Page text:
Thursday, May 3, 2012

Learning to Write the Male POV

I'm taking an online class about writing the male POV this month. Here's my thoughts as I read this week's lesson: 
My hero grew up with an Eastern European mother, in rural Oklahoma, and a Native American father. His mother was exotic, beautiful, intelligent, and he loved her with all his heart, although he didn't always act like he did because a part of him wanted her to be like all the other mothers. Although he had time to make his peace with her before she died of cancer, he still carries shame and guilt about some of the ways he acted when he was younger. As a result, he wants an ordinary life in the community where he grew up, and an ordinary Oklahoma wife.

Then his father reignites a relationship from his youth with a woman who lives in Europe, which sours him even more on the lure of exotic European women. 

So when he meets Hadley, who lived in Oklahoma as a child, but has spent most of her life in Paris and on the Riviera, although he is wildly attracted to her, he’s angry with himself for feeling that way. He is also ashamed because his grieving father has asked him to help this chick so she will leave the lake, and here he’s getting involved.

I’m wondering if I have him musing too much about the way he feels about his mother and who that influences his mixed emotions about Hadley. Should he be aware of this motivation, or should I just write his thoughts, and let his motivations finally break to the surface later?


The critique group I used to attend told me that when I’m in his POV, it’s cheating to not tell what he’s thinking, you know, the deep stuff, but sounds like that’s exactly what I should not be doing, because that’s what he’s not doing. His conscious thoughts are surface, emotional thinking, not analytical thinking.

So…. Does that mean we’re really MORE analytical than men?

So, he made up with his mother, but hasn’t changed his views…consciously, about women who aren’t all-American. Check.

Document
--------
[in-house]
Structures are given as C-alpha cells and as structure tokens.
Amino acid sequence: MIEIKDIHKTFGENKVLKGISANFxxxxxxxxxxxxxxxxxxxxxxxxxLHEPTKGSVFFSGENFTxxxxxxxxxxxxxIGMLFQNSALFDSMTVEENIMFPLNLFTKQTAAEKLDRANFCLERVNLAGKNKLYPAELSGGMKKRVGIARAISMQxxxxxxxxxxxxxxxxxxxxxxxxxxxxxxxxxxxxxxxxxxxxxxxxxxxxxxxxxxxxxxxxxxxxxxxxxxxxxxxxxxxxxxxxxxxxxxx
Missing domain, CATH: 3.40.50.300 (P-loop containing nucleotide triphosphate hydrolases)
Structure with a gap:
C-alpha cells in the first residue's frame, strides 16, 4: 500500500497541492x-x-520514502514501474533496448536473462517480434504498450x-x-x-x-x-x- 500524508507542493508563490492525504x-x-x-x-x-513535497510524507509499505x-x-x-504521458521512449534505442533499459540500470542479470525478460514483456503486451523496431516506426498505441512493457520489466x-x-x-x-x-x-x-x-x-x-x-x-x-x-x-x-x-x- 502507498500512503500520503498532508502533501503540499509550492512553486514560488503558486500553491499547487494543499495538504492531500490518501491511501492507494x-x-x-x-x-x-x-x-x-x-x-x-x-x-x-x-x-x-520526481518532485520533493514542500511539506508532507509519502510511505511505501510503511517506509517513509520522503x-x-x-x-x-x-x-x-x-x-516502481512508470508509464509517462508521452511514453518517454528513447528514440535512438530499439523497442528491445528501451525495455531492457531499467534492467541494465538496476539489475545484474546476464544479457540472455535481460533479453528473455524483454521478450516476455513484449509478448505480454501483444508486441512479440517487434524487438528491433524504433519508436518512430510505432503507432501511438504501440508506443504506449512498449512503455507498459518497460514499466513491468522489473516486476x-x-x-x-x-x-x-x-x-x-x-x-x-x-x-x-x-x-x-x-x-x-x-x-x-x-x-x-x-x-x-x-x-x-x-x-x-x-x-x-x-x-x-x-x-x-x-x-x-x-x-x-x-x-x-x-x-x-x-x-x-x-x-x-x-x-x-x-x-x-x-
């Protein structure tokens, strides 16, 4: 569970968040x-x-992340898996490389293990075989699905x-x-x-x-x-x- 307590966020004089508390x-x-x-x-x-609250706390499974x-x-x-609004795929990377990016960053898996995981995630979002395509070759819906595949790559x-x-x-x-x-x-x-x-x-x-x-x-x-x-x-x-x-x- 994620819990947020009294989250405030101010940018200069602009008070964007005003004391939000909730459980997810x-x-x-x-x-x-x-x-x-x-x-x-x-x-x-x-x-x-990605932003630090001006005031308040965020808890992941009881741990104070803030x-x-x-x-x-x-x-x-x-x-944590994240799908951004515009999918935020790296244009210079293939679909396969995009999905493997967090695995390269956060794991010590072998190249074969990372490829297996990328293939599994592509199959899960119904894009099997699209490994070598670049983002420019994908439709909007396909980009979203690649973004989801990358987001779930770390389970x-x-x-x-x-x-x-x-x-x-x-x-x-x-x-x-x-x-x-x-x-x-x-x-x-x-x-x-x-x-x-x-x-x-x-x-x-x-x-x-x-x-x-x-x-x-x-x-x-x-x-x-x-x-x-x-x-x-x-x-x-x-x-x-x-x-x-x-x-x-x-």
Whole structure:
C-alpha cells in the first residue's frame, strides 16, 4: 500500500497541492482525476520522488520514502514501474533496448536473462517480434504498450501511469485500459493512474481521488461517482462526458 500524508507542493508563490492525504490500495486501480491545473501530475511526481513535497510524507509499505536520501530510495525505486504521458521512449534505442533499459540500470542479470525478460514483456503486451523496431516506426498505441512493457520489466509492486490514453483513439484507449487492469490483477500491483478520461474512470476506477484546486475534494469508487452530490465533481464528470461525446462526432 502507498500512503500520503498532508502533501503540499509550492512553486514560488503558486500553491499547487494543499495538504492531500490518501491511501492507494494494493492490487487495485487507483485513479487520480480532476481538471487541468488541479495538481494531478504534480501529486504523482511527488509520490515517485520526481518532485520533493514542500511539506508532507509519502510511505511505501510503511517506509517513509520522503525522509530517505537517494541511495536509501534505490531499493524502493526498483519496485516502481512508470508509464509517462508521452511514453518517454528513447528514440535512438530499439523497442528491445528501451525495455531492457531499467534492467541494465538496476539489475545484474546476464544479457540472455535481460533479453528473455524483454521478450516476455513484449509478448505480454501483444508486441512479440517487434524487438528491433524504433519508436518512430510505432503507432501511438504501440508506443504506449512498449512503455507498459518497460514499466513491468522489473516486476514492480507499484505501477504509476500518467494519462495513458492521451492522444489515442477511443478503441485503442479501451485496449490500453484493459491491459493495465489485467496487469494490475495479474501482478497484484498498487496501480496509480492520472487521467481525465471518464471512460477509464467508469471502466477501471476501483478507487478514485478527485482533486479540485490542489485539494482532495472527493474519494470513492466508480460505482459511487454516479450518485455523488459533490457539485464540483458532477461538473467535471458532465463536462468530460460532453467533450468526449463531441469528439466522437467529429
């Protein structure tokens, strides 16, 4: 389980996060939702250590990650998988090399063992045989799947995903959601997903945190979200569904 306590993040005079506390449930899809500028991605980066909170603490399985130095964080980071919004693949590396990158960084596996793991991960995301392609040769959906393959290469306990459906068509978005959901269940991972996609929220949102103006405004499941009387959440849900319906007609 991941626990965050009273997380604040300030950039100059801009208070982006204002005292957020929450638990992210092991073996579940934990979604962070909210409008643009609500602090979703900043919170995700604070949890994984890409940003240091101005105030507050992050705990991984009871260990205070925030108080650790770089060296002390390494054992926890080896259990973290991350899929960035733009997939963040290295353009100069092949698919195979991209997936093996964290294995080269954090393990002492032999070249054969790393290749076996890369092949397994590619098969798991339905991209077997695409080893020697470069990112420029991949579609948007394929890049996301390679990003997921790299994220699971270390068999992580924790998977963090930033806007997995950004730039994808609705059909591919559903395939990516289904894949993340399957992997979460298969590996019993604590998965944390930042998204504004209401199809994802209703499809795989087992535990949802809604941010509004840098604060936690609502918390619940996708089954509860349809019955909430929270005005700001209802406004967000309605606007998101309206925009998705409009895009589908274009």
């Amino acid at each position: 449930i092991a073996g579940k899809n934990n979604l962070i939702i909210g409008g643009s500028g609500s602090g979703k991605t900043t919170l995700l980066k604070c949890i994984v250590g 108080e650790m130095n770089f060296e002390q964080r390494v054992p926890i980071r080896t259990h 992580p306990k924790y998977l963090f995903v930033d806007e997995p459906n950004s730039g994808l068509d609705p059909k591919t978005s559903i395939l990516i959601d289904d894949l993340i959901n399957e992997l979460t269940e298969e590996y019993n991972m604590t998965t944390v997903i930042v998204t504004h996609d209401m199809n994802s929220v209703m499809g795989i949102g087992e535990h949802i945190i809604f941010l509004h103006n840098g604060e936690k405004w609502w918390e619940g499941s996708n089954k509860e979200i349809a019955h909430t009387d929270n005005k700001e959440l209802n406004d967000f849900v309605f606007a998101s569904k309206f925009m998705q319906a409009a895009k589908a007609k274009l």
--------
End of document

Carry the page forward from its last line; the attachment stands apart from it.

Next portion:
He’s afraid he’s going to lose his father. He lost his mother a year ago. He does insist his father is going to be OK, although obviously, he’s very worried about him and dedicated to him.  Check

Hadley is not the clinging type. In fact, she’s not the relationship type, which, I guess, is one of the reasons he falls for her so hard. And in the end, he does come after her. He realizes they should be together before she does.  Check.

My former critique group thought she was also way too liberated. And yes, the little girls who see their mothers as role models. That’s Hadley.

I need him to scoff at her when she’s freaked out in the storm and tell her to, “Calm down.”  Should he ponder more about the meaning of her obvious come-ons to him? (She’s not shy about sex, although they don’t actually “do it” until near the end of the book.) I guess he needs to see her as a flirt, a tease, that first day, and think that way.

Take away:
  • Men will do anything not to feel loss or let loss change their viewpoint on life.
  • Men will do anything not to be feminine, including talking dirty, etc.
  • Men want specifics in conversation. Vague references and hints go right over their heads.
  • Men will scoff at emotions from a woman.
  • Men do not analyze feelings.
  • Men feel shame if they can’t fix every problem, yours included.